The Federal Reserve says it hasn't decided whether to pursue a digital currency, but says one "could provide households and businesses with a convenient, electronic form of central bank money, with the safety and liquidity that entails; give entrepreneurs a platform on which to create new financial products and services; support faster and cheaper payments (including cross-border payments); and expand consumer access to the financial system."

The Federal Reserve also states, "The Federal Reserve does not intend to proceed with the issuing of a CBDC without explicit backing from the executive branch and Congress, ideally in the form of a formal authorizing law."

A CBDC in the United States would not be able to replace cash or paper money. The Federal Reserve stated, "The Federal Reserve is dedicated to ensuring the continued safety and availability of cash, and is contemplating a CBDC as a tool to expand secure payment options, not to eliminate or replace them."

"The consequences of potentially issuing a digital currency are enormous," senior Biden administration officials told reporters. Officials stressed, though, that they plan to "keep the dollar's primacy in global financial markets and the global economy."

Surveillance Can Be Used With Digital Currency

A central bank's digital currency can be used as a tool for government surveillance and control of citizens' financial transactions. This has been an issue with China's digital money, which is still in its early phases of implementation. "With digital yuan, the CCP [Chinese Communist Party] will have direct control over and access to the financial life of individuals, without the need to strong-arm intermediate financial companies," wrote Akram Keram, a China expert at the National Endowment for Democracy, last year. The government could easily suspend the digital wallets of dissidents and human rights campaigners in a digital-yuan-consumed society."

According to the Federal Reserve, any digital currency issued in the United States "would need to strike an appropriate balance between ensuring customers' privacy rights and providing the openness required to prevent illegal behaviour." The Federal Reserve suggested an intermediary approach in which "the private sector would supply accounts or digital wallets to enable the management of CBDC holdings and payments," allowing "the use of the private sector's existing privacy and identity-management frameworks."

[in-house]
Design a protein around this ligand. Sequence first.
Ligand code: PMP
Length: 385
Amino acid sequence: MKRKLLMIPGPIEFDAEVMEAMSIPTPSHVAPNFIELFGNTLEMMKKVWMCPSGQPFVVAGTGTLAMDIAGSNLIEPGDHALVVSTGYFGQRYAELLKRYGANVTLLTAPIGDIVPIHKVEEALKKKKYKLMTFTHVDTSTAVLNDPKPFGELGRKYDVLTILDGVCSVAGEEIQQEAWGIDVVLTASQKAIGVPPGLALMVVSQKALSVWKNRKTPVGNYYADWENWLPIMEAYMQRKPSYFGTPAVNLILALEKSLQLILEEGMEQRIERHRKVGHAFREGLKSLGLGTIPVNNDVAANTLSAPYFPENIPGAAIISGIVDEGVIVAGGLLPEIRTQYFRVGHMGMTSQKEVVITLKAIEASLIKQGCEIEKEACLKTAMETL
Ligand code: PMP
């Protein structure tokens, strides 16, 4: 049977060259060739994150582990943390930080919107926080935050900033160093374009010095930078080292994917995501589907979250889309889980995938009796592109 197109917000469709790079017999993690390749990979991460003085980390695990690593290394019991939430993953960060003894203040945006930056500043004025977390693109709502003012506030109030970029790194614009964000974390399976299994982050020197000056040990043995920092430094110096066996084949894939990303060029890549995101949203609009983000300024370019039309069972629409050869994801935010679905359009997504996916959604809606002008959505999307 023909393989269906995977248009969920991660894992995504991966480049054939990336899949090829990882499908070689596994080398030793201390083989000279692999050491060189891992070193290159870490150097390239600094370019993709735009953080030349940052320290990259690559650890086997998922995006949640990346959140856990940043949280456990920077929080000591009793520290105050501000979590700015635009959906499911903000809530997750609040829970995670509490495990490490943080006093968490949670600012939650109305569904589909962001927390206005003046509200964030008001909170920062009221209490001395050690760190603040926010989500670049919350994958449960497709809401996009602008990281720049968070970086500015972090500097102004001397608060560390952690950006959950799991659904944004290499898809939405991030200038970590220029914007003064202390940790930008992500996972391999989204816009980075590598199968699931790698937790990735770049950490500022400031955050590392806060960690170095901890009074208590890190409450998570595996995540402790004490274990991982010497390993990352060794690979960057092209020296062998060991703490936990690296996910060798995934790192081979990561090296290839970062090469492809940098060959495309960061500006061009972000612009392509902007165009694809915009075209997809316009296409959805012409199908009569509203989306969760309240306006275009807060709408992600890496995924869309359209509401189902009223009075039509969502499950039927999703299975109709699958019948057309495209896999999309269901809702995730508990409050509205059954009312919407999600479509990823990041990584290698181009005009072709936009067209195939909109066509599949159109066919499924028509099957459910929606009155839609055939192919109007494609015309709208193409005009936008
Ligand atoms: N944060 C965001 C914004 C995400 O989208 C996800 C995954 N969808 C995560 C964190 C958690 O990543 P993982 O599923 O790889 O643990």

In a paper published in January 2022, the Federal Reserve revealed more details on a future digital money.

Biden is looking for feedback

The secretary of the Treasury, in collaboration with the secretary of state, attorney general, secretary of commerce, secretary of homeland security, director of the Office of Management and Budget, and director of national intelligence, is to produce the report that Biden has requested.

The report is supposed to look into the effects of a digital currency on economic growth, stability, and "financial inclusion"; the relationship between a US-issued digital currency and private-sector-managed digital assets; "the future of sovereign and privately produced money globally and implications for our financial system and democracy"; and "the extent to which foreign CBDCs could displace existing currencies and alter the payment system in the United States."

The executive order directs the Federal Reserve to "examine the appropriate structure of a US CBDC" and to prepare a strategic plan "that evaluates the essential stages and requirements for the prospective implementation and launch of a US CBDC." Biden also wants the Fed to look into how a CBDC "might enhance or impede monetary policy's ability to function effectively as a crucial macroeconomic stabilization tool." Biden also requested an assessment from federal agencies on whether Congress would need to make legislative changes before the United States could issue a digital currency.